His Eminence, Archbishop Benjamin of San Francisco and the West, presided at the annual pilgrimage of clergy and faithful from the Diocese of the West to Fort Ross State Historic Park on Saturday, July 4, 2015.
Situated north of San Francisco on California’s coastal Highway One, Fort Ross flourished during the first four decades of the 19th century as an outpost of the Russian-American Company. Faithful have been gathering at the site every year since July 4, 1925 for the celebration of the Divine Liturgy and fellowship at the first Orthodox Christian chapel in the lower forty-eight. Following the Liturgy, the faithful went in procession to the cemetery of the 19th century Russian settlement, where they celebrated a memorial service.
Originally built in the mid-1820s, the Fort’s Most Holy Trinity Chapel was the first Orthodox Christian house of worship in North America outside of Alaska. Although the colony had no resident priest, Father John Veniaminov — glorified in 1977 as Saint Innocent of Alaska — visited the settlement, where he celebrated the sacraments and the Divine Liturgy. Father John later became the first resident Bishop in North America, where he was engaged in extensive missionary work throughout Alaska until his appointment as Metropolitan of Moscow in 1868. [Read the life of Saint Innocent.]
“The chapel is constructed from wooden boards,” Saint Innocent wrote in his 1936 Journal. “It has a small belfry and is rather plain; its entire interior decoration consists of two icons in silver rizas. The chapel at Fort Ross receives almost no income from its members or from those Russians who are occasional visitors.”
The original chapel was destroyed in the 1906 earthquake; only the roof and two towers remained intact. Between 1916 and 1918, the chapel was rebuilt with timbers from the Fort’s Officials’ Quarters and the Warehouse. On October 5, 1970, the restored chapel was entirely destroyed in an accidental fire. Again it was rebuilt in 1973. The chapel bell also melted in the fire, but was recast in Belgium using a rubbing and metal from the original Russian bell. The bell’s Church Slavonic inscription reads, “O Heavenly King, receive all who glorify Him,” while a second inscription along the lower edge reads, “Cast at the foundry of Michael Makar Stukolkin, master founder and merchant at the city of Saint Petersburg.”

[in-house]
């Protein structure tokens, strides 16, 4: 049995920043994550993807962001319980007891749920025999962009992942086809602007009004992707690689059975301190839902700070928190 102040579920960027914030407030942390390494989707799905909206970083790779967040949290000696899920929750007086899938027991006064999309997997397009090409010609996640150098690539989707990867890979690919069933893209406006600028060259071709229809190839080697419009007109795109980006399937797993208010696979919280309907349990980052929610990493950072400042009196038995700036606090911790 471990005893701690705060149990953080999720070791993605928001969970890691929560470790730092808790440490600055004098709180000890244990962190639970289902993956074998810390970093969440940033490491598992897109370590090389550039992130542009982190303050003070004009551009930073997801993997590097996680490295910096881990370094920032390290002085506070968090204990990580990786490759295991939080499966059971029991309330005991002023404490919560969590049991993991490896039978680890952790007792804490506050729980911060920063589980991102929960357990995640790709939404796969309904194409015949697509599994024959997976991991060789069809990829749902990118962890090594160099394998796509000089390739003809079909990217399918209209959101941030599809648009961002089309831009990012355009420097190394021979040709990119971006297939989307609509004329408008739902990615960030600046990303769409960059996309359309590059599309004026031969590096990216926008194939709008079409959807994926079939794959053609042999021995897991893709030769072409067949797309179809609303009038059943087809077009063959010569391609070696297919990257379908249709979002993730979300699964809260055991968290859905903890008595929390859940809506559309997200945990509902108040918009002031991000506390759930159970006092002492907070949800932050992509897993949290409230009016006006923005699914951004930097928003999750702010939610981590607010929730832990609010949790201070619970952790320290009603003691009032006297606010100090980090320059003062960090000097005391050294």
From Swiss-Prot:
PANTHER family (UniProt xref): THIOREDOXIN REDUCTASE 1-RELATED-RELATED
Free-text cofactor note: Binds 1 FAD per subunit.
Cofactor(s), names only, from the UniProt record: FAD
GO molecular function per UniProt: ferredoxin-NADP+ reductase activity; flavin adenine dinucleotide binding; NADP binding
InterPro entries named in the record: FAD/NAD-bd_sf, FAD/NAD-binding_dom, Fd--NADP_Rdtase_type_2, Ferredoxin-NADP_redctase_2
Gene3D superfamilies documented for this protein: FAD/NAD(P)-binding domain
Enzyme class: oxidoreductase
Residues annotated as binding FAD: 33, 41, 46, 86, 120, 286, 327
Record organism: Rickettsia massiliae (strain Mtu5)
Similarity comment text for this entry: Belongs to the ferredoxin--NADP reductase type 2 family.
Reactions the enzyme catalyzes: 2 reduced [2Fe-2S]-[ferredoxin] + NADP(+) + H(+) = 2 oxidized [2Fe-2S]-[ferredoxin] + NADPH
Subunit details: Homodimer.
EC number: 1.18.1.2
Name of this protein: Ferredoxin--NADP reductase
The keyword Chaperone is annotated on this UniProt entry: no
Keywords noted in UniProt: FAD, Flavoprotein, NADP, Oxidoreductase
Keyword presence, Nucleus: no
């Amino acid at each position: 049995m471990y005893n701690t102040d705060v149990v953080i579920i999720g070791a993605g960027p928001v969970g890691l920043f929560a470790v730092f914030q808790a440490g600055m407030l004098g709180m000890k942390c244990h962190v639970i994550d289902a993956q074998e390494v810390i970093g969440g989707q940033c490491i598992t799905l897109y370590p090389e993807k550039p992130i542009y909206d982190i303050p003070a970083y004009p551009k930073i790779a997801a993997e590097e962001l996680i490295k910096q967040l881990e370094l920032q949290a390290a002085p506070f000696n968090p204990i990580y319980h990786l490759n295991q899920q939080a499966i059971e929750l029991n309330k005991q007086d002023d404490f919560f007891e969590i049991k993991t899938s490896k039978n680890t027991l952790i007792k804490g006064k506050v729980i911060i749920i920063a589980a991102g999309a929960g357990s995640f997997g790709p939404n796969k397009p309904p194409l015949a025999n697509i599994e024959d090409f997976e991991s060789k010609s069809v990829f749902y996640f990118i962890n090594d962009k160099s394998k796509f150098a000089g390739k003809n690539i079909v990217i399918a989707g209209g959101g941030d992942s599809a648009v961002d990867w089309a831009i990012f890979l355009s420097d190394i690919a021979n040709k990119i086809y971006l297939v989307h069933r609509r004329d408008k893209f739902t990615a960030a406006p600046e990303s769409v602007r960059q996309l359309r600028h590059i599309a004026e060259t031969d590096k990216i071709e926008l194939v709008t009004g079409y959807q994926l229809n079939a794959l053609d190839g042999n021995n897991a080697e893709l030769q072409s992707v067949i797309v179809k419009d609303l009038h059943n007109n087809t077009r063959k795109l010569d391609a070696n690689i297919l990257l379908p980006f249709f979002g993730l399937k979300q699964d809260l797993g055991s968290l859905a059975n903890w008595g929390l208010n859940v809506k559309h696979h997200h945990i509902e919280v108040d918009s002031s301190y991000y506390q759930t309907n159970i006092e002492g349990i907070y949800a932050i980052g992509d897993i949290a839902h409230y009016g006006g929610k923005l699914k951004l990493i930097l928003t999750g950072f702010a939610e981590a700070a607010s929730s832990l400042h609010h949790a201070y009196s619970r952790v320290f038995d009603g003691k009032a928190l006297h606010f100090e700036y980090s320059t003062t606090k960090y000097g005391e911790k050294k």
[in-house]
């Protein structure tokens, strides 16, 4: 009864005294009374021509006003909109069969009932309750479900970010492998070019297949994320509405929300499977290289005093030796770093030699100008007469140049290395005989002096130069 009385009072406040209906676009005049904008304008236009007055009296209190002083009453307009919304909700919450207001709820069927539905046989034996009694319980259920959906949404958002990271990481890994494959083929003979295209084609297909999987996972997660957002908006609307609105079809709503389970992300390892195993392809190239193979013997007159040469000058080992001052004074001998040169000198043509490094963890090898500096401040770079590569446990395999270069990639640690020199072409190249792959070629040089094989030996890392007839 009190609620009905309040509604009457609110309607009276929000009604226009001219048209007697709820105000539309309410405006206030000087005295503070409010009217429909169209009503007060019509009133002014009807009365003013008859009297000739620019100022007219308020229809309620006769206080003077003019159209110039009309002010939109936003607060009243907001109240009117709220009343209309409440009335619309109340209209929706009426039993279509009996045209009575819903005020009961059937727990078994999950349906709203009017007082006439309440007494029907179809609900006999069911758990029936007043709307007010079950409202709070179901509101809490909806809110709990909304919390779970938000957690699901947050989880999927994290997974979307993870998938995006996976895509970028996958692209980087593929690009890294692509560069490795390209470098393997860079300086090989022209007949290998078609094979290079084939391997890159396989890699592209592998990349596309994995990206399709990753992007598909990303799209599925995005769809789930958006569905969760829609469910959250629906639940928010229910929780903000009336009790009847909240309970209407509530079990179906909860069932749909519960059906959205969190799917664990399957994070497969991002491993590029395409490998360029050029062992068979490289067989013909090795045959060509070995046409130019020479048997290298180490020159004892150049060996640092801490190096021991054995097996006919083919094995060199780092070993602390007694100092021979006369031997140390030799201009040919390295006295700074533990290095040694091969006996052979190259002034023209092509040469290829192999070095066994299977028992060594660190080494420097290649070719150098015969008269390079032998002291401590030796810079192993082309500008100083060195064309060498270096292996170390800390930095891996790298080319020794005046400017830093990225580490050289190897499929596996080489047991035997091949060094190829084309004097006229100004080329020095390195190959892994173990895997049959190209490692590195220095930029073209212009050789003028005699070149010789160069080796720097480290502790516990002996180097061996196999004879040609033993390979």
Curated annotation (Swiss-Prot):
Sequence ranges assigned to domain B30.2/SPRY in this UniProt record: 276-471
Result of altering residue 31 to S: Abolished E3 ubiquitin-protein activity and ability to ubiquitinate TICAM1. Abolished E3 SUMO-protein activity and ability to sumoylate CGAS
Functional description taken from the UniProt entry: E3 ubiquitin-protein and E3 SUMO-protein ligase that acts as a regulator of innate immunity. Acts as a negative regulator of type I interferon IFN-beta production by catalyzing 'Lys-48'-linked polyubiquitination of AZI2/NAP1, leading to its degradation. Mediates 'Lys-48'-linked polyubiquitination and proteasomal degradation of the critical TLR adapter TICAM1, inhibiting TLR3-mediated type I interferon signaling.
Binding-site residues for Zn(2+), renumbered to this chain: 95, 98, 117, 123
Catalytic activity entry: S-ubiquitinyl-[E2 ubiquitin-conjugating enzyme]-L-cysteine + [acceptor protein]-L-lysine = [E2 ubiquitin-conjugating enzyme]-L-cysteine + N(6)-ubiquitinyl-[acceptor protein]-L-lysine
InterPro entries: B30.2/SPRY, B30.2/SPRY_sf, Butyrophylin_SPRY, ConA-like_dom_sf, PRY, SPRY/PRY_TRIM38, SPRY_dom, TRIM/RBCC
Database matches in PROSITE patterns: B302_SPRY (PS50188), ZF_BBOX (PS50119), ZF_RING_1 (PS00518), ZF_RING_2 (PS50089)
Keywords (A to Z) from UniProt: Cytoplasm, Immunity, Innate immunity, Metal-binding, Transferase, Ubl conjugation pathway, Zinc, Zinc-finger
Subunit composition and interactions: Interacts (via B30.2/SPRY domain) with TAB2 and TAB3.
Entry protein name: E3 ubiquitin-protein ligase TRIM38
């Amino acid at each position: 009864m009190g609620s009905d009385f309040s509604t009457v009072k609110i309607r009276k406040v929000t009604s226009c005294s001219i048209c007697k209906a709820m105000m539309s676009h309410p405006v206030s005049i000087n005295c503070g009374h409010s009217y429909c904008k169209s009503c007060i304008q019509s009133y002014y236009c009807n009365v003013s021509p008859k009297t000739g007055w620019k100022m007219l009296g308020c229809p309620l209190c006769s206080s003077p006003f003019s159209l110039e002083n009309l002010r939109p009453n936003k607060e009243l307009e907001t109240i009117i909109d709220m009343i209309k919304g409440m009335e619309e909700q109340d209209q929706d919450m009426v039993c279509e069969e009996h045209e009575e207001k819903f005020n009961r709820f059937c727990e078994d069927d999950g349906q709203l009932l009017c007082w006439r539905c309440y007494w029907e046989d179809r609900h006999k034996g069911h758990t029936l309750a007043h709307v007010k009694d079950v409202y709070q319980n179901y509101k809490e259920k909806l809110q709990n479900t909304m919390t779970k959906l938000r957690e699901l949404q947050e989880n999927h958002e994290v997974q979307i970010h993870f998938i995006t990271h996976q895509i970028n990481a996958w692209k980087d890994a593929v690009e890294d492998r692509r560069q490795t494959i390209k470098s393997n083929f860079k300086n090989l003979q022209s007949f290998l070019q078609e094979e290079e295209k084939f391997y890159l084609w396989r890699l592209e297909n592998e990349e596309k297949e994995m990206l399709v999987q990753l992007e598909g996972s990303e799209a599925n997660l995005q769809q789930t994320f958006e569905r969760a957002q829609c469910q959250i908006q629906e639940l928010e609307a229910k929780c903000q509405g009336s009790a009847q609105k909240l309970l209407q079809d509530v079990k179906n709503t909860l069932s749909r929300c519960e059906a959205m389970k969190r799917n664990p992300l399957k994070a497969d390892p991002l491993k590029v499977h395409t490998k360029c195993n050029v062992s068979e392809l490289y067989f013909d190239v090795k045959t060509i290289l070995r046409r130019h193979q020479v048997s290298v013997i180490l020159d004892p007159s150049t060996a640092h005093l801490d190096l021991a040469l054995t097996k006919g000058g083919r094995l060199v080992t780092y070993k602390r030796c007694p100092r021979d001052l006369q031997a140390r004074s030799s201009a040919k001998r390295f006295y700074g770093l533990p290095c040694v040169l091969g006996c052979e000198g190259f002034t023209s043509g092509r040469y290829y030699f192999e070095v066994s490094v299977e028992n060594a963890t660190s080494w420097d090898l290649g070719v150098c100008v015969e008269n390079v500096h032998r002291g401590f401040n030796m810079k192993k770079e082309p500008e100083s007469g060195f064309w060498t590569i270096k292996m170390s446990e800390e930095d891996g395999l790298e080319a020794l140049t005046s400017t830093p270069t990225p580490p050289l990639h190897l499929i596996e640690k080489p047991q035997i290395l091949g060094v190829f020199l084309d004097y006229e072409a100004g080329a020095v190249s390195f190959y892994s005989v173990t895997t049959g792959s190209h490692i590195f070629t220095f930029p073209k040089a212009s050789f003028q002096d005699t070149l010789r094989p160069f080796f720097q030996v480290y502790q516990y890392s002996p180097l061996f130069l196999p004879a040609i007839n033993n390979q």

“Bay Area Orthodox Christian faithful worked with the State of California and other benefactors in the 20th century to preserve the Fort and the Chapel,” according to Archdeacon Kirill Sokolov of San Francisco, CA. “The annual Fourth of July pilgrimage to Fort Ross offers a beautiful opportunity for the faithful of the Diocese of the West to gather and to offer thanksgiving to God for those who brought the faith to this land and for the United States, where we are free to worship the Most Holy Trinity in the Orthodox manner.”
Similar gatherings are held at Fort Ross on Memorial Day and other occasions.
A revision of the Finance Resolution, slated to be presented at the 18th All-American Council of the Orthodox Church in America in Atlanta, GA July 20-24, 2015, has been approved by the Holy Synod of Bishops and the Metropolitan Council. The text, which replaces that of the resolution already posted, is now available on the OCA and AAC web sites.
In light of issues that arose with regard to the Finance Resolution presented in the Delegate’s Handbook, revisions had been made to the resolution. Voting on the proposed resolution will take place at the AAC’s Third Plenary Session, scheduled for Tuesday, July 21.
By way of background, at the February 2015 meeting of the Metropolitan Council, a Finance Resolution, to be presented at the AAC, was passed. Archpriest John Jillions, OCA Chancellor, and Melanie Ringa, OCA Treasurer, immediately began to travel to various Diocesan Council meetings to discuss, explain and garner support for the resolution.